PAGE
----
Sport mouth guards can be made for either the upper or the lower teeth. Many athletes wish to know "What is the difference between an upper or lower mouth guard?"and "Which way does a mouth guard go?". Another common question is "What type of guard should I use and how do I choose it?".
Mouth guards are there to prevent your teeth from knocking into each other, and also to prevent you from biting into your tongue. Usually, you only need one layer. To find what guard is best for you, close your mouth and slowly bring your teeth closer together. For most people, their natural position is that the top front teeth will slightly overlap much of the front bottom teeth. This overlap reduces the risk of bottom teeth damage but increases risk of damage to the top teeth. Since the TOP teeth are the most susceptible to damage or being knocked out or loosened, they demand a mouth guard's protection.
Since athletes in football, lacrosse and ice hockey, get facial protection in the form of facemasks, cages or full shields attached to their helmets, they do not need to wear bulky mouth guards. In fact, many prefer wearing mouth guards with a thin frontal profil and added material under the molars. The added material under the molars acts as a shock absorber by dispersing the impact energy before it is transmitted to the jaw and teeth, protecting the mouth from serious injury.
Because high material thickness inhibits your ability to speak clearly, athletes participating in team sports prefer a thinner frontal profil mouth guard delivering more comfort with better breathing and communication.
In boxing, wrestling and mixed martial arts, frontal protection is very important. Despite the use of headgear, additional protection such as mouth guards are required to protect against upper and lower jaw collisions. For optimal protection, we recommend a mouth guard that features added frontal protection to further absorb direct impact to the mouth.
Mouth guards were originally developed as a means of dental protection for boxers. Since injuries like lip lacerations and broken teeth were a common and disabling aspect of the sport in that era, mouth guards rapidly became a stapple in boxing equipment.
By putting a protective layer on your top teeth, front and back, in most cases the bottom teeth will be protected from any incoming shock. Unless, the impact you receive is extremely intense and enough to take out your entire mouth. This intensity of impact will undoubtedly cause much bigger problems.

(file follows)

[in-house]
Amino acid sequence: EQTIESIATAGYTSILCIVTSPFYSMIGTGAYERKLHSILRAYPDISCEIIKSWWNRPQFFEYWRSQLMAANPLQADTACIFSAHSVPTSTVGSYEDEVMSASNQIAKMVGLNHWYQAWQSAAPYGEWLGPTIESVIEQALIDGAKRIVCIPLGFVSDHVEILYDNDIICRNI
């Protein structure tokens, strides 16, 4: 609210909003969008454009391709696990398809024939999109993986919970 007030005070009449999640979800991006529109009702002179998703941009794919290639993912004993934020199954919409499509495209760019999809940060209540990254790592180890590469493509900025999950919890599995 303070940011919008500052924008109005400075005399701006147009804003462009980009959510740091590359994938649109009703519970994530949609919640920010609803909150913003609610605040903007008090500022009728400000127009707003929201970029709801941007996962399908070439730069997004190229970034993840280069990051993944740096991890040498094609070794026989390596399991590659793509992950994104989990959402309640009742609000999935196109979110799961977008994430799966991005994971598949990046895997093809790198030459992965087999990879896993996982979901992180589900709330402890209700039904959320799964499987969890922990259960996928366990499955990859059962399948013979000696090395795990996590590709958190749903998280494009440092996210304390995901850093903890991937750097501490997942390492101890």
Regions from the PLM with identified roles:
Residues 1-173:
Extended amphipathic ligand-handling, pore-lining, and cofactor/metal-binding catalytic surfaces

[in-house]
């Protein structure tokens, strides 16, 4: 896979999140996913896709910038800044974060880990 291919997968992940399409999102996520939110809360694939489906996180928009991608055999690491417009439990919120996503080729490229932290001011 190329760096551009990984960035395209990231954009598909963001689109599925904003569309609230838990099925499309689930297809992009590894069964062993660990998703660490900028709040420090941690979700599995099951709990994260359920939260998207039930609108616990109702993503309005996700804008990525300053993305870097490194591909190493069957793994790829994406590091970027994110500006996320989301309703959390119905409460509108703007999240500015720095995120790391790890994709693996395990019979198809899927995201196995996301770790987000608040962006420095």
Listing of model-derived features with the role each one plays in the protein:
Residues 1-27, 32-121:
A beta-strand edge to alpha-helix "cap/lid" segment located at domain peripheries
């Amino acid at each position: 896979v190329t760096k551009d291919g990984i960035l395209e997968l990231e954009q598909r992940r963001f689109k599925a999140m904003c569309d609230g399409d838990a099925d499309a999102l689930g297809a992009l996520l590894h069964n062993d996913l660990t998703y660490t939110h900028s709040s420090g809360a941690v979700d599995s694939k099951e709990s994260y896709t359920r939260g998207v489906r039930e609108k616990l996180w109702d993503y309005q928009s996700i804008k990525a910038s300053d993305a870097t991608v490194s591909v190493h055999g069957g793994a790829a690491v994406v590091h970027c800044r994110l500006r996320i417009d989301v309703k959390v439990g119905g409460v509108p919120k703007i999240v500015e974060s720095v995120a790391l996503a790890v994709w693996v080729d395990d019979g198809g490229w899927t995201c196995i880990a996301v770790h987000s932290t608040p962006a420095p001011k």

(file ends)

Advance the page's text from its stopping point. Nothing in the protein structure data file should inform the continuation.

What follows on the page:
A NXTRND™ mouthguard works as a shock absorber when impact is made to the mouth, jaw or head area by dissipating the impact forces and increasing the separation between the upper and lower teeth.
Getting the proper fit is very important. For a mouth guard to be effective and also provide comfort while preventing tooth damage, a well designed and properly molded mouth guard is crucial. A Nxtrnd mouth guard molds precisely to your teeth and acts as a cushioned barrier between the upper and lower teeth, so that while your jaw may still in fact be going through the motions of chewing and grinding, the teeth are not making contact with each other, which prevents further damage to them.
Mouth guards are most often made from materials such as acrylic, rubber, acetate or vinyl. Before purchasing a sport guard, you should always make sure it is BPA, Latex and Phthalate Free. When wearing a mouth guard, the athlete should never experience slipping or moving of the guard. The best models are comfortable and mold themselves to your teeth.
Nxtrnd Sport Mouthguards make sure that their products are made from BPA, Silicon, Latex and Phtalate FREE materials.
Our mouth guards use EVA (copolymer of ethylene and vinyl acetate). This material does not contain any chemicals listed under the U.S Priority Pollutant and Hazardous Substance List. All our mouth guards are tested to be safe for use in the mouth on a daily basis and will not irritate the mouth's soft tissue.